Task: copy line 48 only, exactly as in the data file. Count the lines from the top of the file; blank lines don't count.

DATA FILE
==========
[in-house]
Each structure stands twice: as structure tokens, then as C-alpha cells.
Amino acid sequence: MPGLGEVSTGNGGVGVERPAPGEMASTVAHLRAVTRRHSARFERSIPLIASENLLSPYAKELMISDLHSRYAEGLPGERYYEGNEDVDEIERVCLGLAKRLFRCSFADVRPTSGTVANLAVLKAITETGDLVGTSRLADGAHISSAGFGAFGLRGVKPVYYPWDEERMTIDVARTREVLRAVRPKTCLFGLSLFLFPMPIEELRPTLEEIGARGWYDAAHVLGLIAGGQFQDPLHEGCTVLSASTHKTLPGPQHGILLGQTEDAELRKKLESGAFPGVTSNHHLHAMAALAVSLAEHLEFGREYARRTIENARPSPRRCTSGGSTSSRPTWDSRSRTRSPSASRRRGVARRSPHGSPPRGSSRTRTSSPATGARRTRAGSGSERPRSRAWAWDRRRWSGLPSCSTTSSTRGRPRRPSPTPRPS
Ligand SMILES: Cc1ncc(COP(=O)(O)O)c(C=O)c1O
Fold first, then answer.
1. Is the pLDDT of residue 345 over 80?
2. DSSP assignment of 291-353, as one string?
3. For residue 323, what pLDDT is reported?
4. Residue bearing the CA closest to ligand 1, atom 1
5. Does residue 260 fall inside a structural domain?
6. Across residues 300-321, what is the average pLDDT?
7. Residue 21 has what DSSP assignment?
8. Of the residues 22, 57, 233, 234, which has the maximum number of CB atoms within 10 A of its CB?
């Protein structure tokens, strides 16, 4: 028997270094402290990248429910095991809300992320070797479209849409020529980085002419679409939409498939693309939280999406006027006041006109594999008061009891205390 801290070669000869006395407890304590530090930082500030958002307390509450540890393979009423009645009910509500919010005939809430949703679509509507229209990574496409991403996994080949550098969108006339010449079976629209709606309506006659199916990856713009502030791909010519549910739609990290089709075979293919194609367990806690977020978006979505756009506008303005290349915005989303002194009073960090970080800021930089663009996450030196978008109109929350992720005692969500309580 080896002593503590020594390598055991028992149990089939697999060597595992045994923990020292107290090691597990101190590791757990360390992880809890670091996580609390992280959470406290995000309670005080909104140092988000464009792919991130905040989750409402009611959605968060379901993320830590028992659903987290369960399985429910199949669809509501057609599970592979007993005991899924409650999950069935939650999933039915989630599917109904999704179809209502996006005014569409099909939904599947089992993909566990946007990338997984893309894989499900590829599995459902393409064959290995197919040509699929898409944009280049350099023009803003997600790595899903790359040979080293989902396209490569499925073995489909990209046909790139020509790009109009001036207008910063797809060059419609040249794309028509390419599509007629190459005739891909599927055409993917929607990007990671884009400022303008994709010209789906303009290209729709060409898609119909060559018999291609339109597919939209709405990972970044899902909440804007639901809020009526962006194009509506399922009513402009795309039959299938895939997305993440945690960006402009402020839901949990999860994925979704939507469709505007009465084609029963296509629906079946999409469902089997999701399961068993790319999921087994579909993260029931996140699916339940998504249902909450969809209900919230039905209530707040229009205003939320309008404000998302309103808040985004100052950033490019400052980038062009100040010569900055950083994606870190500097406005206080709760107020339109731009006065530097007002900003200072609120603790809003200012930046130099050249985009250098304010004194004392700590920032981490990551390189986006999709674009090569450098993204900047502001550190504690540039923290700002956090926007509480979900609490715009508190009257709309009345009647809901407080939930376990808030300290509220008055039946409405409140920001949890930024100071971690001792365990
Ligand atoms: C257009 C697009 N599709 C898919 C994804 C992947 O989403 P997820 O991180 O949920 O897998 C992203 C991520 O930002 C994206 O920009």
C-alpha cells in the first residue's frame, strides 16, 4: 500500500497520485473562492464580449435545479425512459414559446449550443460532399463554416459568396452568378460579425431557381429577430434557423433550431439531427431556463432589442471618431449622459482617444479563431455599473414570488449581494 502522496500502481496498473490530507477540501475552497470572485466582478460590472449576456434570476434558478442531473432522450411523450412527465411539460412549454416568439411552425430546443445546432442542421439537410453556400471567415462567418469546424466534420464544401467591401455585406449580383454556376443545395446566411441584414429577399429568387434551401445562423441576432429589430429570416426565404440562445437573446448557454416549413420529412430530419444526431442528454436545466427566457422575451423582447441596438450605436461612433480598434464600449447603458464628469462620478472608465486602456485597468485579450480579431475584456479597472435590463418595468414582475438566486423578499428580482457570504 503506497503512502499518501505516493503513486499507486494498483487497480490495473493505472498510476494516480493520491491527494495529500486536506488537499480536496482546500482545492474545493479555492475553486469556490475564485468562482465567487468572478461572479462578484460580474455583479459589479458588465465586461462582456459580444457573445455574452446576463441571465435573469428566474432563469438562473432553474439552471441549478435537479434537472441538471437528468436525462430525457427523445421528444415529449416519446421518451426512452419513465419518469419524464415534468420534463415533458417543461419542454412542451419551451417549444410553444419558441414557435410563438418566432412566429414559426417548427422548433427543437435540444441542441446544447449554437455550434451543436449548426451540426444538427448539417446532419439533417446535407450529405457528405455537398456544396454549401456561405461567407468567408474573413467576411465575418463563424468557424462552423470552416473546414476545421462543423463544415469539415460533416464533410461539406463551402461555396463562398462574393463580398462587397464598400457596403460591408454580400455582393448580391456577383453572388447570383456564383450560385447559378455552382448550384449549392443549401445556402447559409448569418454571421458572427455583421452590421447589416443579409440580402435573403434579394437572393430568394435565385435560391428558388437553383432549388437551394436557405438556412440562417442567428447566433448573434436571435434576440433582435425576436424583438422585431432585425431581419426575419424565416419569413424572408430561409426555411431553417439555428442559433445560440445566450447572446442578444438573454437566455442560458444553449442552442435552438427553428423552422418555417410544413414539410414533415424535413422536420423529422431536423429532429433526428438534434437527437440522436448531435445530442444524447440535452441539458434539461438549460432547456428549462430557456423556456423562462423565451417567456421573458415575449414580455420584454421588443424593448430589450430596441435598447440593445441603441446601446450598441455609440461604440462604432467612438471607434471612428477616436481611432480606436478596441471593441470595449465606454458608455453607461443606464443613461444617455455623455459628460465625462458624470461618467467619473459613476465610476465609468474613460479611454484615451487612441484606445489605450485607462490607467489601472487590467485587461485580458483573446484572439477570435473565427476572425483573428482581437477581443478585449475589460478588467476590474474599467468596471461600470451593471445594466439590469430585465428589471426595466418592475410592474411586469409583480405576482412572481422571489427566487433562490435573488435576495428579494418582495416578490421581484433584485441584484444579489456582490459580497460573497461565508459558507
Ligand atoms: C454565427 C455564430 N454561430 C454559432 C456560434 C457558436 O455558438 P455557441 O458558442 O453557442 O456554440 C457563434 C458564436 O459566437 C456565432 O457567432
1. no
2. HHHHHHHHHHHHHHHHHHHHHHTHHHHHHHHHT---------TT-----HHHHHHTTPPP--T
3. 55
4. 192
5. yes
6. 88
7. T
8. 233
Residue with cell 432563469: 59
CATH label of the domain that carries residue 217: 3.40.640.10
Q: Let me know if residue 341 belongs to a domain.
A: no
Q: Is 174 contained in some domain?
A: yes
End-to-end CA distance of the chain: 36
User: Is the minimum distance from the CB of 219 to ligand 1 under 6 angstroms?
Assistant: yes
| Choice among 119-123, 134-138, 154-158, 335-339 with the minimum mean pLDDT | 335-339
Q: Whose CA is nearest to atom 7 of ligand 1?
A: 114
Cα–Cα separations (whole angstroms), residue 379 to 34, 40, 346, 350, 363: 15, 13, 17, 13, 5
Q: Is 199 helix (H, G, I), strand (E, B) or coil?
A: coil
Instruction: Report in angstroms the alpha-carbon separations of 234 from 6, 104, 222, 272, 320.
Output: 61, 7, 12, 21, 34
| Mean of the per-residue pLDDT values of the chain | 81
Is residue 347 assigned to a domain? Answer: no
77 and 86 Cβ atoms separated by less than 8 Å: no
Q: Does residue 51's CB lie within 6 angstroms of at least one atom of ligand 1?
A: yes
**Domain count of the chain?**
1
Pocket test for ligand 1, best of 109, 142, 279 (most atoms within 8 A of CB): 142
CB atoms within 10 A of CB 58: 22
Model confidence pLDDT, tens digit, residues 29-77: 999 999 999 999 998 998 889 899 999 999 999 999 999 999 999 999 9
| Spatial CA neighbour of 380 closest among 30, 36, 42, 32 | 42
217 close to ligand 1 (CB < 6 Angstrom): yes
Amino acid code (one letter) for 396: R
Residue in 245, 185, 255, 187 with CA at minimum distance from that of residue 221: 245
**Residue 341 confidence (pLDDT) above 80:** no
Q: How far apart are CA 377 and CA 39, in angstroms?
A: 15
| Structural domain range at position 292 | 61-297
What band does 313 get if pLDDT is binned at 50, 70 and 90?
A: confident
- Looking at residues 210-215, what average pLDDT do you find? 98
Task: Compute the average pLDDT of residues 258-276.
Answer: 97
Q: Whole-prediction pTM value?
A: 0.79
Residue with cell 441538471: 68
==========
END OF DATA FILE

**Domain count of the chain?**